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Risky business: Behaviors associated with indoor tanning in US high school students.
Dermatol Online J 2017; 23(9)DO

Abstract

BACKGROUND

Understanding of associations between indoor tanning and risky health related behaviors such as sexual activity and substance abuse among high school students across the United States is incomplete.

OBJECTIVE

To identify risky health related behaviors among high school students utilizing indoor tanning and analyze differences between state specific data.

METHODS

Results from the Youth Risk Behavior Surveillance System (YRBSS) 2013 in 14 different states were analyzed. Participants were 90,414 high school students. Responses to questions assessing indoor tanning habits, sexual activity, and use of substances were analyzed.

RESULTS

Sexual activity was associated with indoor tanning in 10 of 14 states, with Nebraska having the strongest association (adjusted odds ratio, 3.8; 95% CI, 2.4-6.2; p<0.001). Indoor tanning was also associated with use of alcohol, marijuana, ecstasy, cocaine, prescription medications, and cigarettes.

LIMITATIONS

Only 15 states asked students about their personal history of indoor tanning use, and Minnesota was excluded from our analysis as they administered a non-YRBS questionnaire. Additionally, our study only analyzed results from the 2013 YRBS. Lastly, our data was analyzed in 14 individual data sets, giving a high likelihood of Type 1 error.

CONCLUSIONS

High school students utilizing indoor tanning are more likely to engage in sexual activity and substance abuse as compared to students who do not utilize indoor tanning.

Authors+Show Affiliations

No affiliation info availableNo affiliation info availableNo affiliation info availableNo affiliation info availableDepartment of Dermatology, University of Colorado Anschutz Medical Campus, Aurora, Colorado Dermatology Service, U.S. Department of Veterans Affairs, Eastern Colorado Health Care System, Denver, Colorado, Department of Epidemiology, Colorado School of Public Health, University of Colorado Anschutz Medical Campus, Aurora, Colorado. robert.dellavalle@ucdenver.edu.

Pub Type(s)

Journal Article

Language

eng

PubMed ID

29469714

Citation

Chapman, Stephanie, et al. "Risky Business: Behaviors Associated With Indoor Tanning in US High School Students." Dermatology Online Journal, vol. 23, no. 9, 2017.
Chapman S, Ashack K, Bell E, et al. Risky business: Behaviors associated with indoor tanning in US high school students. Dermatol Online J. 2017;23(9).
Chapman, S., Ashack, K., Bell, E., Sendelweck, M. A., & Dellavalle, R. (2017). Risky business: Behaviors associated with indoor tanning in US high school students. Dermatology Online Journal, 23(9).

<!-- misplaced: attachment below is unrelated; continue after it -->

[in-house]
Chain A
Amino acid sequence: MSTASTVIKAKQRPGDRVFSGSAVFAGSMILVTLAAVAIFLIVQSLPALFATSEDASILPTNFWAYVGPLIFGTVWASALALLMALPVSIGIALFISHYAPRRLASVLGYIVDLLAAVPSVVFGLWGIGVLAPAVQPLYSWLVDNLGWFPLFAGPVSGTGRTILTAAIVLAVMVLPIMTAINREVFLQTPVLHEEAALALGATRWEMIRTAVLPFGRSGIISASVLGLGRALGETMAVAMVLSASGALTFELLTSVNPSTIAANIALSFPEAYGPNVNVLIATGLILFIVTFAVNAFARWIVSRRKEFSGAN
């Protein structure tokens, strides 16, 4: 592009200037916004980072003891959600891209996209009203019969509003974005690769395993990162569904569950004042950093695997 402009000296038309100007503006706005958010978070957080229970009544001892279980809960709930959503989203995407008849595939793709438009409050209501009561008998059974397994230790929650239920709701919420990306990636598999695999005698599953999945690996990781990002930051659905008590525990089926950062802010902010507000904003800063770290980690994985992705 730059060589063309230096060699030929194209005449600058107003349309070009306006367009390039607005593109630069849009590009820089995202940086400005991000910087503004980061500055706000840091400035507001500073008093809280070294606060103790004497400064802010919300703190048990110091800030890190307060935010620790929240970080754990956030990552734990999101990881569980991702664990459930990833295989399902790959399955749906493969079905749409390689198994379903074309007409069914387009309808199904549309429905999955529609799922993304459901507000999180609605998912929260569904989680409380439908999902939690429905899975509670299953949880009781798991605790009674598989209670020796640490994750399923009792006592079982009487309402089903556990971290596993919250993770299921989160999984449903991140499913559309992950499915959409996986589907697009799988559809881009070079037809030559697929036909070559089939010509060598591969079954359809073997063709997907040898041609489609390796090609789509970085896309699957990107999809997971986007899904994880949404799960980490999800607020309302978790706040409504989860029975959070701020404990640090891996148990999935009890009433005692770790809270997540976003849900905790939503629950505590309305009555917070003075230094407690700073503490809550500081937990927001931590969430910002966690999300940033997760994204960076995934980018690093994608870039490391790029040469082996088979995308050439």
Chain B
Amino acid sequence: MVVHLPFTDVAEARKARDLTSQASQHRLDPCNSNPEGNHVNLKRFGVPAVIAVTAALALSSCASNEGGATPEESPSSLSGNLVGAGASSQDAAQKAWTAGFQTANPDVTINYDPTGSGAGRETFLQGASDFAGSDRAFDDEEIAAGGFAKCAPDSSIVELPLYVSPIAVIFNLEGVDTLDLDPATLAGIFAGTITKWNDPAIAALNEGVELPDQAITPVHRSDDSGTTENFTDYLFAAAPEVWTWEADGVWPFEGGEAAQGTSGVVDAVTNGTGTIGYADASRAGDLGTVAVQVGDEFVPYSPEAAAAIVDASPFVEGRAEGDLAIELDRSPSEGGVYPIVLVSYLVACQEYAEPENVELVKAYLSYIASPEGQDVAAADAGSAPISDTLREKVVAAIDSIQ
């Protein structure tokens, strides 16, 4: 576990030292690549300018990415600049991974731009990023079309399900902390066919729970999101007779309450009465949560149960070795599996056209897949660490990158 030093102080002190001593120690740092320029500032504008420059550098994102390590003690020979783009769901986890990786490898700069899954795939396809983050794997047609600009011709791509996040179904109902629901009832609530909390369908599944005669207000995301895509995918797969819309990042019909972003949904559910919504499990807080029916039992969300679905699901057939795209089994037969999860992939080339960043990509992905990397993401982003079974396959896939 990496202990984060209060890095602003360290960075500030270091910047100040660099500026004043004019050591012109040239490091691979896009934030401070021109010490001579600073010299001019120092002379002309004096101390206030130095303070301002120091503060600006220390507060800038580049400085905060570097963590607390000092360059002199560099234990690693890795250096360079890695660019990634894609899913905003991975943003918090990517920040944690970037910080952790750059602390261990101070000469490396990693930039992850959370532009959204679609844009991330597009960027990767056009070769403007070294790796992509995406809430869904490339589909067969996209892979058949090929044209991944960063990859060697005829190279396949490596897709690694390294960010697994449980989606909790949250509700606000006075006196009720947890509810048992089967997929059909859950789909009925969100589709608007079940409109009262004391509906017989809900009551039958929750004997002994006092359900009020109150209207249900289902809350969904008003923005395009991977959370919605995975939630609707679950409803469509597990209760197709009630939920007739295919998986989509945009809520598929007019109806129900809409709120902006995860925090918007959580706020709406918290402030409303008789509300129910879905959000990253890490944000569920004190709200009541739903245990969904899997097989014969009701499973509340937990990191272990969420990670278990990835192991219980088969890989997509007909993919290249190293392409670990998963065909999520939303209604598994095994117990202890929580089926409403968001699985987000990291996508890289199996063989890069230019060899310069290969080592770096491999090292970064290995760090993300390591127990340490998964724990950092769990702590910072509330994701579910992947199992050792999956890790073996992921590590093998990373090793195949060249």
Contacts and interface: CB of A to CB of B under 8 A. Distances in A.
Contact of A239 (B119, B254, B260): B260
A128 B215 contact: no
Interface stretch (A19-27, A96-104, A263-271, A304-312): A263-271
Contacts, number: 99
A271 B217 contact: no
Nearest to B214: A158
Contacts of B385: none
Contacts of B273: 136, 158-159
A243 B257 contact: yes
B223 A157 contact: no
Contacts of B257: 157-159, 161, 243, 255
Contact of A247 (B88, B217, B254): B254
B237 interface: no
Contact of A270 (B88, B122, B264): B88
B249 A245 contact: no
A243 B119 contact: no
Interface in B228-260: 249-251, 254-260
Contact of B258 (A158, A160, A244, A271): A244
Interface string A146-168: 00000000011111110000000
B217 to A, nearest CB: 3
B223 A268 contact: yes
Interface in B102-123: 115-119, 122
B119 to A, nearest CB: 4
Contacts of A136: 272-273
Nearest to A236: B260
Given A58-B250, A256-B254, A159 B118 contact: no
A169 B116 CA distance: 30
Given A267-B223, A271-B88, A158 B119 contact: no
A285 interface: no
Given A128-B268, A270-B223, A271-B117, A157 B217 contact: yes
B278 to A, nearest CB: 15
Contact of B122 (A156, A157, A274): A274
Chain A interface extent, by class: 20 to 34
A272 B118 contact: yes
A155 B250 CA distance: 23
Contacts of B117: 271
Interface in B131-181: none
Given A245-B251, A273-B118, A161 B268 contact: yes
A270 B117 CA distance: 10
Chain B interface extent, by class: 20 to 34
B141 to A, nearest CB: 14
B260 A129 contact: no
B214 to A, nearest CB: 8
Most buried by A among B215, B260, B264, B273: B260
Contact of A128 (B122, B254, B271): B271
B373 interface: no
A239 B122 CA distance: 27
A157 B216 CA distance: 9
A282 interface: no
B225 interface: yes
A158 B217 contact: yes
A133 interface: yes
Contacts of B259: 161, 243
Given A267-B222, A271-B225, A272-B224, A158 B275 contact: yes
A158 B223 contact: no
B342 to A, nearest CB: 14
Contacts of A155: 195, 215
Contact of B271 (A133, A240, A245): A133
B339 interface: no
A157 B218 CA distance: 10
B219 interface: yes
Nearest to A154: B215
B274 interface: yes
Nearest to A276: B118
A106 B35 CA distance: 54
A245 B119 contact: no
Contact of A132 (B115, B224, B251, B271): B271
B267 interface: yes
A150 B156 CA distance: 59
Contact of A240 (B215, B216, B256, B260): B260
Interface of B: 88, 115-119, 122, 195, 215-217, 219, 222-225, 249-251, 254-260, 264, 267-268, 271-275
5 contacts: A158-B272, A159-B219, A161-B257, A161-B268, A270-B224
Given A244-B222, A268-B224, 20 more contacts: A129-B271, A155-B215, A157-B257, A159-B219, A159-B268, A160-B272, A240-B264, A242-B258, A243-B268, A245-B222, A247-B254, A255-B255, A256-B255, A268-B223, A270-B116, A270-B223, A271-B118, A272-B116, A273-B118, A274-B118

Chapman S, et al. Risky Business: Behaviors Associated With Indoor Tanning in US High School Students. Dermatol Online J. 2017 Sep 15;23(9) PubMed PMID: 29469714.
* Article titles in AMA citation format should be in sentence-case
TY - JOUR T1 - Risky business: Behaviors associated with indoor tanning in US high school students. AU - Chapman,Stephanie, AU - Ashack,Kurt, AU - Bell,Eric, AU - Sendelweck,Myra Ann, AU - Dellavalle,Robert, Y1 - 2017/09/15/ PY - 2017/09/20/received PY - 2017/09/20/accepted PY - 2018/2/23/entrez PY - 2018/2/23/pubmed PY - 2018/9/6/medline JF - Dermatology online journal JO - Dermatol. Online J. VL - 23 IS - 9 N2 - BACKGROUND: Understanding of associations between indoor tanning and risky health related behaviors such as sexual activity and substance abuse among high school students across the United States is incomplete. OBJECTIVE: To identify risky health related behaviors among high school students utilizing indoor tanning and analyze differences between state specific data. METHODS: Results from the Youth Risk Behavior Surveillance System (YRBSS) 2013 in 14 different states were analyzed. Participants were 90,414 high school students. Responses to questions assessing indoor tanning habits, sexual activity, and use of substances were analyzed. RESULTS: Sexual activity was associated with indoor tanning in 10 of 14 states, with Nebraska having the strongest association (adjusted odds ratio, 3.8; 95% CI, 2.4-6.2; p<0.001). Indoor tanning was also associated with use of alcohol, marijuana, ecstasy, cocaine, prescription medications, and cigarettes. LIMITATIONS: Only 15 states asked students about their personal history of indoor tanning use, and Minnesota was excluded from our analysis as they administered a non-YRBS questionnaire. Additionally, our study only analyzed results from the 2013 YRBS. Lastly, our data was analyzed in 14 individual data sets, giving a high likelihood of Type 1 error. CONCLUSIONS: High school students utilizing indoor tanning are more likely to engage in sexual activity and substance abuse as compared to students who do not utilize indoor tanning. SN - 1087-2108 UR - https://www.unboundmedicine.com/medline/citation/29469714/Risky_business:_Behaviors_associated_with_indoor_tanning_in_US_high_school_students_ L2 - http://escholarship.org/uc/item/9pj4r3kv DB - PRIME DP - Unbound Medicine ER -